Date Available


Year of Publication


Degree Name

Doctor of Nursing Practice

Committee Chair

Dr. Melanie Hardin-Pierce

Clinical Mentor

Dr. Whitney Kirkpatrick

Committee Member

Dr. Karen Butler


PURPOSE: The purpose of this study is to examine whether inpatients with liver disease at University of Kentucky Hospital receiving lactulose are meeting the protocol of 2-4 bowel movements per day. Research shows that lactulose is the medication of choice used to treat and prevent hepatic encephalopathy (HE). Additional lactulose interventions, a patient’s MELD score, and GCS score will be examined in this study as well. This information would be beneficial to providers and nurses because it would provide data on patients who might require more lactulose interventions than others.

METHODS: Retrospective chart reviews of 70 inpatients with liver disease receiving lactulose at the University of Kentucky from January 1, 2017 to December 31, 2017 were performed. Number of daily movements, MELD score, GCS score, PRN lactulose administration, lactulose enema administration, and narcotic administration were examined during the first five days of hospitalization.

RESULTS: In the sample, a higher percentage of patients (>50%) did not meet the protocol of 2-4 daily bowel movements during the first five days of hospitalization. There was no association shown for patients who had a higher MELD score ≥ 25 on whether or not they met the goal of 2-4 bowel movements per day or received additional lactulose interventions. Those who had a GCS of ≤ 14.5 were more likely to receive lactulose enemas on day 1 and 2 (p=0.0021, 0.0063) and no significance was shown for the remaining days or PRN lactulose. Narcotic administration did not affect this group, as there was no association shown between GCS and narcotic administration.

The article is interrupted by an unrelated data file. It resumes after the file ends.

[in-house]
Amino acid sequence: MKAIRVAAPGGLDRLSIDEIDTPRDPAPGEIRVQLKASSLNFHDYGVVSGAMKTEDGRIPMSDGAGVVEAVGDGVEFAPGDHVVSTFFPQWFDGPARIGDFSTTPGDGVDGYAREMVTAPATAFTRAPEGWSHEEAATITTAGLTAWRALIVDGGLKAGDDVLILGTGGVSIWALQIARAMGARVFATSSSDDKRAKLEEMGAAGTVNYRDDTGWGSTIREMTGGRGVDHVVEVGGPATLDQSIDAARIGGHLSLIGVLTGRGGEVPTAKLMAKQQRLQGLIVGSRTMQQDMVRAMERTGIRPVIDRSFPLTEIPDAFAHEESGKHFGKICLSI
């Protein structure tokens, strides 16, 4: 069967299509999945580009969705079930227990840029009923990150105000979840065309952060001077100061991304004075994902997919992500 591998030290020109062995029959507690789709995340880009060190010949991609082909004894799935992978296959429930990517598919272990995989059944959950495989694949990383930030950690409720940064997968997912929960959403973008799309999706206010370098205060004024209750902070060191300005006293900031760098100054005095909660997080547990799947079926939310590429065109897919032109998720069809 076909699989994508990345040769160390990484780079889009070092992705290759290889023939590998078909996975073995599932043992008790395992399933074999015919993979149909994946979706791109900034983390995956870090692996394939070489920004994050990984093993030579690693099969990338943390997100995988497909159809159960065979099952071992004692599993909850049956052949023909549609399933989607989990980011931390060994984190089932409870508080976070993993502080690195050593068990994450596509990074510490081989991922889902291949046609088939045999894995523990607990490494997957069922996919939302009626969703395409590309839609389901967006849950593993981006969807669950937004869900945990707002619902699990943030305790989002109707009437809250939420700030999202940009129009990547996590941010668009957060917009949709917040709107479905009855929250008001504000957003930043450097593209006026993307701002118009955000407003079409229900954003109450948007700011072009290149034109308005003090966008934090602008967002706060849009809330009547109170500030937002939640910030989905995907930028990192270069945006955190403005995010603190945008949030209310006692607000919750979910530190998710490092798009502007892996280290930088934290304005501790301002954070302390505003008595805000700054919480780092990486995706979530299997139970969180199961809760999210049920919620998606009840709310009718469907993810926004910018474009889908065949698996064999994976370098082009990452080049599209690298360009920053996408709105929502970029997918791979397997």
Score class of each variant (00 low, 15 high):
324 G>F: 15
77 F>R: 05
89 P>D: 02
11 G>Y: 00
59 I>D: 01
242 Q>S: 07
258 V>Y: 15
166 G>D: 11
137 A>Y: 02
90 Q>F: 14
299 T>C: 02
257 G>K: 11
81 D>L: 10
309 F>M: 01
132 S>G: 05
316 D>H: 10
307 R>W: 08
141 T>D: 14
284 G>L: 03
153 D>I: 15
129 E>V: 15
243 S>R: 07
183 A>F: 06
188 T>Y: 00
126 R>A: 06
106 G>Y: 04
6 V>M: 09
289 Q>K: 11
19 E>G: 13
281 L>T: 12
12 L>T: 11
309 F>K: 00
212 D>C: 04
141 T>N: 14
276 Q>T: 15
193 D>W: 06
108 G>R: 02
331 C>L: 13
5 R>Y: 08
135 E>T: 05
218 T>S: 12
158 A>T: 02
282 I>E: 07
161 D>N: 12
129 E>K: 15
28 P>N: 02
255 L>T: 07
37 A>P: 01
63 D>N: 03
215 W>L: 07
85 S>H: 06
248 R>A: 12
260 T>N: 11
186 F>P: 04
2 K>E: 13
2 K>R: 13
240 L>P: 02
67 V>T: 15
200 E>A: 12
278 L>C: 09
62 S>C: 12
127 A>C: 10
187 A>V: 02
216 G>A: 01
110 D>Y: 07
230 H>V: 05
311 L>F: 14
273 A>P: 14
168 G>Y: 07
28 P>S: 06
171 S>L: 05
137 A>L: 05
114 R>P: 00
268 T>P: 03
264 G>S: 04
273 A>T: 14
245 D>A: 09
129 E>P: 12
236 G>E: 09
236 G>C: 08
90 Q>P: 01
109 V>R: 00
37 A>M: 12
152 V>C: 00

CONCLUSIONS: More than 50% of patients were not meeting the goal of 2-4 daily bowel movements during the first five days of hospitalization. Those who are confused seem to require additional lactulose during the early initial days of hospitalization. This information can help nurses and physicians better understand lactulose titration and administration in the hospital setting.